The first Pride march, known as Gay Liberation Day March, was held in New York City on June 28, 1970 to commemorate the one-year anniversary of the Stonewall uprising. With credit to Marsha P. Johnson and Brenda Howard, today Pride parades across the world celebrate the LGBTQ+ community and bring together millions of people. You can read first hand accounts from Pride marchers around the world and throughout the years in this 2020 article from the New York Times.
The popularity of the Pride movement has led to some (particularly large corporations) selectively celebrating the LGBTQ+ community during the month of June and then quietly excluding them throughout the year. This has not gone unnoticed and has caused resentment towards many big brands that are being seen as performative and tokenizing the Pride movement for profit. This is usually attributed to those companies that are, we’ll say “seasonally inclusive.”
In this article we’ll highlight a couple of ways your workplace can be truly inclusive and celebrate your LGBTQ+ colleagues in large and small ways everyday.
1 Recruiting & Hiring
In 2021, LGBTQ+ employees made up 5.9% of the U.S. workforce (Investopedia.) Diversity of sexual and gender identities drives innovation and shows actionable inclusivity. Look around at your team and think about the makeup of LGBTQ+ team members. If you do not have a sense of this, consider why that might be the case.
- How diverse is your workforce?
- Are folks represented from a variety of identities?
2 Policies & Parental Leave
There are some policies, particularly those related to parental leave that can be inherently exclusionary. In a study conducted by researchers at the University of California, Los Angeles it was found that gay male couples received the same number of weeks off as different-sex couples in just 12% of cases reviewed (Reuters.) It’s worth taking a look at the wording and benefits in your policies and reconsidering what is and is not included in these packages.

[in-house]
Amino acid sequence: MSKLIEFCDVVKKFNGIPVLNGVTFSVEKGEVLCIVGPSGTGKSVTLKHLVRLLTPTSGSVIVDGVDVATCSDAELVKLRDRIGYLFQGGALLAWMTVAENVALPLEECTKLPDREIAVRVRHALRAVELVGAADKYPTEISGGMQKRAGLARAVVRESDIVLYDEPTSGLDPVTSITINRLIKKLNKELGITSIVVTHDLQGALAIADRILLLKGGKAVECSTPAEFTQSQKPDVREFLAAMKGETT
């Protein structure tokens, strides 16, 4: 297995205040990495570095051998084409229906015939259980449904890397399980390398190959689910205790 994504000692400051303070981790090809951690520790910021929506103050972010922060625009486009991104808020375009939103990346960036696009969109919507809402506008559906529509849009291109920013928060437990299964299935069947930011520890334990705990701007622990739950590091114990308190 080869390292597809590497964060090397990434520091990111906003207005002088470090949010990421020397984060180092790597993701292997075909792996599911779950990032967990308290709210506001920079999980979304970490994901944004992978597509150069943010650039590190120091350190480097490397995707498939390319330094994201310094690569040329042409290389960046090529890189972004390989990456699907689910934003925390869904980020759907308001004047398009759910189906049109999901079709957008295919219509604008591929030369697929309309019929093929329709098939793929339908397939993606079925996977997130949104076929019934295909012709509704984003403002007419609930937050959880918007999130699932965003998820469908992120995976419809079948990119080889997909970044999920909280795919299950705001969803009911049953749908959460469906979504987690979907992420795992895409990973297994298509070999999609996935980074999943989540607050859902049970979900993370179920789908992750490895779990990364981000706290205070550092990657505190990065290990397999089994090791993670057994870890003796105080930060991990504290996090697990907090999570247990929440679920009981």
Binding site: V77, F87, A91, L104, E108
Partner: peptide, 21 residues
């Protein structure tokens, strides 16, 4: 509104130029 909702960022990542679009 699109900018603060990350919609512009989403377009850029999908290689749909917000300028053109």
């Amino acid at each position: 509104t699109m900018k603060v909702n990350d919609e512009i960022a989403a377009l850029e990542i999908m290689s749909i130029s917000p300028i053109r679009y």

- Is parental leave granted for adoptive parents?
- Are equal rights given to all parents in the family?
3 Developing an Inclusive Environment & Culture
“1 in 5 LGBTQ+ workers have been told or had coworkers imply that they need to dress more feminine or macsuline,” compared to 1 in 24 non-LGBTQ+ workers (Human Rights Campaign.) Look at all aspects of your environment – both tangible and intangible. Determine in how many ways your workforce is segmented by gender.
- Does your workplace have different dress requirements based on gender expression?
- Are restrooms divided?
- Are there “guys nights” or “ladies luncheons”?
People who are transgender may feel excluded or unsafe when forced to identify with one of two proposed identities. Implementing flexible attire policies and providing accessible, gender-neutral restrooms and including everyone in networking opportunities will help folks feel more included. Keep this in mind for company events and outings as well.
- Will the venue be a safe place for all your employees?
- Is the event inclusive to all family compositions?
4 Microaggressions & Workplace Safety
45% of LGBTQ+ workers agree that the enforcement of non-descrimination policy is dependent on their supervisor’s own feelings towards the LGBTQ+ community (Human Rights Campaign.) Harassment can present itself in many ways and can be hidden behind personal biases. Provide anonymous ways for team members to make complaints. Individuals are less likely to come forward if they feel unsafe or fear retaliation. Feeling safe in the workplace is critical to inclusivity and employee retention.
- Is there a way for individuals to anonymously report harassment?
- Are your safety and harassment policies equally enforced for all employees?
5 Be An Ally
53% of LGBTQ+ workers report hearing jokes about lesbian or gay people, while only 37% of their non-LGBTQ+ counterparts report hearing the same jokes (Human Rights Campaign.) Being a strong ally every day, in the workplace and at home, shows solidarity with your LGBTQ+ colleagues. Respect their privacy, names, and pronouns and don’t make assumptions based on a person’s appearance. If you see someone being mistreated, say something. Aside from being the right thing to do, respecting, supporting, and standing up for someone builds trust and respect. If colleagues know they can depend on one another they are likely to work better together as well. In the workplace, teams can provide allyship training throughout the year (not just once a year) to reinforce these principals.
- Is there a sense of community and camaraderie that is inclusive of your LGBTQ+ employees?
- Do team members respect one another and report incidents of harassment?
These are just a few actionable examples of how you can make your workplace more inclusive.
Looking for company training or custom recommendations? Contact us to speak with a DEI expert.